ELEVEST Procedure for Uterine Prolapse


I have a video here, I’m just going to start with that. This is an ELEVEST that was done about eight weeks ago. I’ll just describe the procedure as we go through it.

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I have a video here, I’m just going to start with that. This is an ELEVEST that was done about eight weeks ago. I’ll just describe the procedure as we go through it. The patient also had some mild endometriosis, which I excised. She didn’t have rectocele, but she had about a grade two uterine prolapse. This shows the trocar placement. I used three trocars: one for the scope and umbilicus and two 5’s laterally. 

Here is the patient’s uterus. You can see it’s typical of a retroflexed uterus. It’s got a mottled appearance and is deep in the cul-de-sac. One of the keys is to use a good computer manipulator when you do the procedure. I use a RUMI uterine manipulator, but a Valtchev or Pelosi are also good too. You can appreciate how wide and open this cul-de-sac is. This is a relatively young patient. She’s 47, but she’s in excellent health. She’s a runner and exercise fanatic. She really didn’t want to have a hysterectomy. 

This is her right ureter. I identify the ureters right off the start. Then I always do the urethrolysis to release the ureters. I open the peritoneum and release the ureters, so that I do not have to worry about where the ureters are for the rest of the case.

It’s interesting that the patients I have been receiving have actually been very athletically fit, healthy women that are active that are complaining of pelvic pressure, pain, and dyspareunia. It’s estimated that about 50% of adult women will have some clinically insignificant level of prolapse. It may be clinically insignificant, if all you have to offer them is a hysterectomy or having to live with it. So offering them a uterine suspension or something else to correct the defect is certainly an option that they appreciate.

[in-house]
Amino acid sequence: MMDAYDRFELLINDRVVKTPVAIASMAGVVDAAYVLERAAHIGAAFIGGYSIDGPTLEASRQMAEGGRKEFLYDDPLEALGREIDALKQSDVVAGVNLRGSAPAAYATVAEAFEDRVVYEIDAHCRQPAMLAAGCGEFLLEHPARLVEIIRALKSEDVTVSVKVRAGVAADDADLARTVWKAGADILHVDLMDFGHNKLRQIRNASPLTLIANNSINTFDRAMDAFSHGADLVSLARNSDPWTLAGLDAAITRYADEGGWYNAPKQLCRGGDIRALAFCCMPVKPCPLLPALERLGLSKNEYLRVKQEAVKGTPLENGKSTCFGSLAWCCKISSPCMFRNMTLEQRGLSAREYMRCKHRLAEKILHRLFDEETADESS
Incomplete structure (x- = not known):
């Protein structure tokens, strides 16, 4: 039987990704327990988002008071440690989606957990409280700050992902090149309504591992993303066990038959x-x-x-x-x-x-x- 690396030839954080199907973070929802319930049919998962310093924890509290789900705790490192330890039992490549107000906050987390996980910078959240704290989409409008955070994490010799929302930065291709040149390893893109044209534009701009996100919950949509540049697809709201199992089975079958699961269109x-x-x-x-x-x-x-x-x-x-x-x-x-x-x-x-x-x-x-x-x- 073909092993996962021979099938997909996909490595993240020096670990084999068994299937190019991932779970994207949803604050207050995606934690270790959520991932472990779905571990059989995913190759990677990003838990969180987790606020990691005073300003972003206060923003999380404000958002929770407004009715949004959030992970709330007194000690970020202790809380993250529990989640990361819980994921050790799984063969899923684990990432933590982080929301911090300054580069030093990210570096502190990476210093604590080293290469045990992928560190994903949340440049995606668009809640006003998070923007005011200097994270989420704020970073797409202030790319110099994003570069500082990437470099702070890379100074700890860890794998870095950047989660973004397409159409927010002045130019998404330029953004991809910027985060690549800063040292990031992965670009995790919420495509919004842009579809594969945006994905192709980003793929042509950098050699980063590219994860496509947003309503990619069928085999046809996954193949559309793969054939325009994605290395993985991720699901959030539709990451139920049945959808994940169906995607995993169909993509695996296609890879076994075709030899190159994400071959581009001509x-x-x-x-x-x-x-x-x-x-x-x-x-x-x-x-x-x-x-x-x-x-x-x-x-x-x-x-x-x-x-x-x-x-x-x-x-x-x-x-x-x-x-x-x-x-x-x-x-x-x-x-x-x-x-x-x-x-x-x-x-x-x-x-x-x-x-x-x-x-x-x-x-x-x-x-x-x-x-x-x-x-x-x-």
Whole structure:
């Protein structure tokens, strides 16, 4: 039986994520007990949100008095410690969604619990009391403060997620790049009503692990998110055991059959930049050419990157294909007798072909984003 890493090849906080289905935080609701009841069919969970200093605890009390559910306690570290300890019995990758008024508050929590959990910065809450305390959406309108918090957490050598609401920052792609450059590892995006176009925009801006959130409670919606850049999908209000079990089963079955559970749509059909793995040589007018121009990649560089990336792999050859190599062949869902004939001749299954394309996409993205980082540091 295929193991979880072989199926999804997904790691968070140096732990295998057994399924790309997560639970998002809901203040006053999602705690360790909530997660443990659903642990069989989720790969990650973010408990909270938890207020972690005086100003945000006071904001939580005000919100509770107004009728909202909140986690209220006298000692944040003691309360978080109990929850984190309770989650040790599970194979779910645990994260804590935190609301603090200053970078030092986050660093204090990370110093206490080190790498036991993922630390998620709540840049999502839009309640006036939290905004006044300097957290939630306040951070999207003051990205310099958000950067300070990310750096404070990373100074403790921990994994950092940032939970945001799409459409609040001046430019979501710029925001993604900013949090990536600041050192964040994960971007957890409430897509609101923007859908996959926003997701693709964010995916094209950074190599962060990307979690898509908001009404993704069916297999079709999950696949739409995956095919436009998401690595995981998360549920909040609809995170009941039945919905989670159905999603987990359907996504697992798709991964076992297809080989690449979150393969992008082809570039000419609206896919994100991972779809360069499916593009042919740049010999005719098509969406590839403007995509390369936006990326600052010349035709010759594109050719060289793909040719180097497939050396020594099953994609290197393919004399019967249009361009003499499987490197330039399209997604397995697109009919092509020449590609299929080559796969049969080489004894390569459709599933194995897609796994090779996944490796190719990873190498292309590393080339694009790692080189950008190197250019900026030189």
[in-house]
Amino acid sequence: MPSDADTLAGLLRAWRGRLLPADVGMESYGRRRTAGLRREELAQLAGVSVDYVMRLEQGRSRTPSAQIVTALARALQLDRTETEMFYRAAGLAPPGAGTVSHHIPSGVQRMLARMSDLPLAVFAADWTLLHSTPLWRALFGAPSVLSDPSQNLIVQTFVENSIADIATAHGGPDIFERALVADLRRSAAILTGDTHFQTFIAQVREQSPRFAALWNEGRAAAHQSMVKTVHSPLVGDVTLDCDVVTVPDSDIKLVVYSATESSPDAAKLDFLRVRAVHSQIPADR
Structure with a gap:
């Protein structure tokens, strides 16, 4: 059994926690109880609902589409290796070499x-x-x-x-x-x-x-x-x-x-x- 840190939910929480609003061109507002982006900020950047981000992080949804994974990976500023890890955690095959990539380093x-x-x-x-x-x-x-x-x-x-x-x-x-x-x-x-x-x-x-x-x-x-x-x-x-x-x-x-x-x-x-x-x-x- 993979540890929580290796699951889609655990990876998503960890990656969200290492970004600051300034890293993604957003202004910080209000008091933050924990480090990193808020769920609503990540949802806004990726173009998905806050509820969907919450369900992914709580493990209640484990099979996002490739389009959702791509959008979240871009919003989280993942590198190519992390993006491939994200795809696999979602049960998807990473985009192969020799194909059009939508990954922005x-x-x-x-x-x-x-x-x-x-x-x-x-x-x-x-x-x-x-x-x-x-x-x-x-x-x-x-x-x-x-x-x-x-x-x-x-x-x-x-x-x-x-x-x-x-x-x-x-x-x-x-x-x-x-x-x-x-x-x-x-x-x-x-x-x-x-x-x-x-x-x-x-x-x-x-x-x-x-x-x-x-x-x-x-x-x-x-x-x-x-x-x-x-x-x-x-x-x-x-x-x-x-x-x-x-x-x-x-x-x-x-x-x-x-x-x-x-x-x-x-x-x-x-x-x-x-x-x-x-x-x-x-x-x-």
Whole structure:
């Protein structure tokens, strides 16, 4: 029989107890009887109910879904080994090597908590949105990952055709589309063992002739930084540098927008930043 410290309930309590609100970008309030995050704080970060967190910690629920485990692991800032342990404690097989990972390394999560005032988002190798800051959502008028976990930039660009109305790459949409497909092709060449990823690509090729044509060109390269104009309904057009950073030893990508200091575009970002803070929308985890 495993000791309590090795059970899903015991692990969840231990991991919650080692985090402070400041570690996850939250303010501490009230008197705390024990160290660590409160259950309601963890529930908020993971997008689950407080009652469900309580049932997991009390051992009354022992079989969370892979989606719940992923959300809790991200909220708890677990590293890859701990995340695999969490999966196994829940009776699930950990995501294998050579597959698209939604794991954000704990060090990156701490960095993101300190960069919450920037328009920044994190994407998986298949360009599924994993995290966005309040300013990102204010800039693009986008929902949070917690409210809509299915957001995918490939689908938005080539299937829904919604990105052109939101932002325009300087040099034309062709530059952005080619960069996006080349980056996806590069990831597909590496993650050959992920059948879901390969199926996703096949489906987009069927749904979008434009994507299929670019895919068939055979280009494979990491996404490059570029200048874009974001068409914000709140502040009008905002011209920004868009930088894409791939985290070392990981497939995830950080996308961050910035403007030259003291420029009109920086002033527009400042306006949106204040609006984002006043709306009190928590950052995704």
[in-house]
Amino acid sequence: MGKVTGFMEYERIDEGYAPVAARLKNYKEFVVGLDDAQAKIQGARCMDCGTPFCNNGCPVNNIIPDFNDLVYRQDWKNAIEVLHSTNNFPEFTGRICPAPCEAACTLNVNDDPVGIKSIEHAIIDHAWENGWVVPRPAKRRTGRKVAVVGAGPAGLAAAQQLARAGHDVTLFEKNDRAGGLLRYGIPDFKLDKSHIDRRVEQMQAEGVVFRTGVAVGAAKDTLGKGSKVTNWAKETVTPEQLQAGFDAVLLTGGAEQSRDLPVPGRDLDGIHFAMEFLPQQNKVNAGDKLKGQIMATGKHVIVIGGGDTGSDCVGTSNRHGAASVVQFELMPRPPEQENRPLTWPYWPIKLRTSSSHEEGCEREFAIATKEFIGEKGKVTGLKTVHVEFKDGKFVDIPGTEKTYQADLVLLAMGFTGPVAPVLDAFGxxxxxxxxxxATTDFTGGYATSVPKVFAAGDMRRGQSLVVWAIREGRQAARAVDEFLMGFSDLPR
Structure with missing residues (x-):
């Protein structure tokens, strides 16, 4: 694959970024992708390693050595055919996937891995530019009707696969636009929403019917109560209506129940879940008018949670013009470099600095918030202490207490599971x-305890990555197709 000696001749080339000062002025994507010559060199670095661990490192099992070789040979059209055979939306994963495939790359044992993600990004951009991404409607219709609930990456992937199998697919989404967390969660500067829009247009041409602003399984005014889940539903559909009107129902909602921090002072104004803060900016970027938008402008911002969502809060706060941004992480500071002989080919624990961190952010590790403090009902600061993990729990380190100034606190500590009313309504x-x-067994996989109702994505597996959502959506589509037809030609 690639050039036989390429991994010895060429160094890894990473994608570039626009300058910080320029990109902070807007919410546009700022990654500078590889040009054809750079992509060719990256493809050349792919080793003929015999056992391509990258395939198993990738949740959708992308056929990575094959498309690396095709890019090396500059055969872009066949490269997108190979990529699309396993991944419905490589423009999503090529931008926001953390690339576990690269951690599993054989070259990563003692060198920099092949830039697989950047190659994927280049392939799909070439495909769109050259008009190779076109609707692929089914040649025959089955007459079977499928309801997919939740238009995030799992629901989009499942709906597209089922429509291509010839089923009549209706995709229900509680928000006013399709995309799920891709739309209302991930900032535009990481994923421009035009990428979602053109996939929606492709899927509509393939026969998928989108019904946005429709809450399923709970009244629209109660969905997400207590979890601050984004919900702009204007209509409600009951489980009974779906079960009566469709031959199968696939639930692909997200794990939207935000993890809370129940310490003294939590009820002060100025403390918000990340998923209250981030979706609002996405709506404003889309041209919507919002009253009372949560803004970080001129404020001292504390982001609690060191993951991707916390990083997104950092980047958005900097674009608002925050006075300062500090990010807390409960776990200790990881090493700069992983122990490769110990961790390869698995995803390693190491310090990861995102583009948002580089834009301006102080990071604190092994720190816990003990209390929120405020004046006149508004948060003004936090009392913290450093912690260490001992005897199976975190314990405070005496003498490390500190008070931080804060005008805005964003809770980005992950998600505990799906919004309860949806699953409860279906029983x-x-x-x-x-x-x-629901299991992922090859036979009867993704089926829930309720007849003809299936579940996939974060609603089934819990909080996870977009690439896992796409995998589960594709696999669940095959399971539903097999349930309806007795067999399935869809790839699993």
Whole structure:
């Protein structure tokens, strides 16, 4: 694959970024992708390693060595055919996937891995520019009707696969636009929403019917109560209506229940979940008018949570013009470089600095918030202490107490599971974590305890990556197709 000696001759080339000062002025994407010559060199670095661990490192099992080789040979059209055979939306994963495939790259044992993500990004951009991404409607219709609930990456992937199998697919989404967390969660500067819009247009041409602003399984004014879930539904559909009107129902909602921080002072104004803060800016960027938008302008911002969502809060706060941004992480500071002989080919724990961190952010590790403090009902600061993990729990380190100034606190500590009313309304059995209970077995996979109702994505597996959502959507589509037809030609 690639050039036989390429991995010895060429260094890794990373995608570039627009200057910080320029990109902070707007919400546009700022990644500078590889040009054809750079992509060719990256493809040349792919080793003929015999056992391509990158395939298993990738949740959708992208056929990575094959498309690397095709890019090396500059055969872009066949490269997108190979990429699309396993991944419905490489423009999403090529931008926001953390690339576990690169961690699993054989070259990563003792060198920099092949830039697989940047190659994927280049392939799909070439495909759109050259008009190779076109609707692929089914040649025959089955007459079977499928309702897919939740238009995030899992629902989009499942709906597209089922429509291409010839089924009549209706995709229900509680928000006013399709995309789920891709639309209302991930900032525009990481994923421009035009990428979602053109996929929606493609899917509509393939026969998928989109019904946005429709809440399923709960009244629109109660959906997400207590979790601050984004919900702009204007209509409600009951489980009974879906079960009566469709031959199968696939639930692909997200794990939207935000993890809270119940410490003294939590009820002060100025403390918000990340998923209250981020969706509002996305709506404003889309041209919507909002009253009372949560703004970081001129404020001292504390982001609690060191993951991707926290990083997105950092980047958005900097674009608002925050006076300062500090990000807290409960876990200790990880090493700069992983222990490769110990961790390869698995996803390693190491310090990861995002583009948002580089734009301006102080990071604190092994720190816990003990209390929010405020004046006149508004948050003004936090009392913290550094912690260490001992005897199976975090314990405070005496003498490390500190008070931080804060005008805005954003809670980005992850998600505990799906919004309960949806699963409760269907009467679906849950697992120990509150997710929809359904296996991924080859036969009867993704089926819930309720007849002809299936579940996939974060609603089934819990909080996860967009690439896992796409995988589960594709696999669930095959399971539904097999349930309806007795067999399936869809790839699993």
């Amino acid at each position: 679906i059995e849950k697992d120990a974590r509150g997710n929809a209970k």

Here again, I’m just releasing the uterosacral on the patient’s left side. This was where there was some endometriosis along the uterosacral on the sidewall that was excised. This is the right side. You can use whatever energy source that you want. These are just unipolar scissors. But certainly use a harmonic scalpel if you like, or bipolar scissors, laser, or whatever. It doesn’t matter.

You’ve go to understand that the camera adds at least two to four shakes for every movement there, so I really didn’t have too much caffeine that day. There is a 5-millimeter adaptor that allows the needle to go through the 5-millimeter trocar without losing pneumo. With the uterus well flexed with the uterine manipulator, we were able to identify where the uterosacral ligaments are. I’m actually passing the needle through with the suture. Karen and maybe Tom pass the needle without the suture, then grasp the suture and pull it through the hole, which probably is easier. But being from Minnesota, I like to suffer, so we like to make it harder on ourselves.